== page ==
They may be tiny in comparison with just over 1000 members, only officially formed in 2018 and lack the budgets of other parties (they even made their own political banners) but the party is many years in the making, growing from a grassroots movement, offering an alternative to the typical populist hierarchical politics common in Thailand.
In this photograph taken in a remote district of Sakhon Nakhon Province in Northeast Thailand, Commoners Party members nail the party's handmade banners to a tree.
Formed by a group of activists, NGO workers and members of community environmental groups largely from rural Thailand, the Commoners Party sets out to be governed by the working poor with its members from communities across the country largely deciding the policies it will align itself with. Decentralisation of power, the supporting of human rights and equality, and social and ecological justice features highly on the party’s policy list. Even its elected chief, a man called Lertsak Kamkongsak, has spent the last 20 years supporting communities around the country who fight against issues related to mining operations and the negative impacts they cause.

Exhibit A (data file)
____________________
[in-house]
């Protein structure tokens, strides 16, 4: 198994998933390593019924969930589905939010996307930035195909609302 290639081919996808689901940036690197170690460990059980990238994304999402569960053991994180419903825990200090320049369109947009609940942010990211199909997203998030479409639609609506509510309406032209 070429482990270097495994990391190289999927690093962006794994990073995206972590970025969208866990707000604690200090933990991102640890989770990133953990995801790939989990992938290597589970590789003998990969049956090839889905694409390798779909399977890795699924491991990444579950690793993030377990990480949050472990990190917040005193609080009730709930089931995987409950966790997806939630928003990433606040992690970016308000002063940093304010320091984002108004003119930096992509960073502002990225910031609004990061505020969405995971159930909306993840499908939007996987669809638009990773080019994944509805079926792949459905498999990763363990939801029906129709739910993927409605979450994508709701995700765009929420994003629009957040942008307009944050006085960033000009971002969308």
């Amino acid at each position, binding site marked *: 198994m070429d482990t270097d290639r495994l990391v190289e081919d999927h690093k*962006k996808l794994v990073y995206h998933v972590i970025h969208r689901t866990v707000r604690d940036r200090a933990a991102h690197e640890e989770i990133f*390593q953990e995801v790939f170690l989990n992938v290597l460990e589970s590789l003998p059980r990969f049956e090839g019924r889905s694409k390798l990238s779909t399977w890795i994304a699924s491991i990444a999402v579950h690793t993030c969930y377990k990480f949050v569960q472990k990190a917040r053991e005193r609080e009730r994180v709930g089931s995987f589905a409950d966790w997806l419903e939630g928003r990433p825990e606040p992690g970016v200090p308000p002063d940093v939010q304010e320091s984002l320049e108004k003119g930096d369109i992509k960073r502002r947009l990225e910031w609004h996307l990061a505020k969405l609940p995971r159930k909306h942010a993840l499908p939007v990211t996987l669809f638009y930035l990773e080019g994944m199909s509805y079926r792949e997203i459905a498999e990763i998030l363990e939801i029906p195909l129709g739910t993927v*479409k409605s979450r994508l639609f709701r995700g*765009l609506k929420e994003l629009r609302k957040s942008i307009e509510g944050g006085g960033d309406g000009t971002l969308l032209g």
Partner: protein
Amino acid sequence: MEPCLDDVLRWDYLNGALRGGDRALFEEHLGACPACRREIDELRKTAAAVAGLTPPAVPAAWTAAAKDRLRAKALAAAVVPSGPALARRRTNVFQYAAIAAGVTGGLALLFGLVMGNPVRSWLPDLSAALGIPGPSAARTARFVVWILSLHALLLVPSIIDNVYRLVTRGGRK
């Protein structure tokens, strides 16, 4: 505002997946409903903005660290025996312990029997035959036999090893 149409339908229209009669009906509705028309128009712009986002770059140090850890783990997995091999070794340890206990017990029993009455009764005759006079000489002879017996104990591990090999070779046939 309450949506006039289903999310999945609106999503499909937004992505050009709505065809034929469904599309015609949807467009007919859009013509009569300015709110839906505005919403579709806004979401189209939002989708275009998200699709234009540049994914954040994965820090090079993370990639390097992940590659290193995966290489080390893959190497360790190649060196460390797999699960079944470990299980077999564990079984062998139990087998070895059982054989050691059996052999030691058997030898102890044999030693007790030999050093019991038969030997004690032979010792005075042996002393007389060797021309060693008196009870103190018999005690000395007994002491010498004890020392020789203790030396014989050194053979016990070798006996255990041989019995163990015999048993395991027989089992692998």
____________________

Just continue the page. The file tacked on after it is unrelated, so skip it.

It will be interesting to see how well they do on March 24th. More of this series can be found on http://
Photo Copyright Luke Duggleby/Redux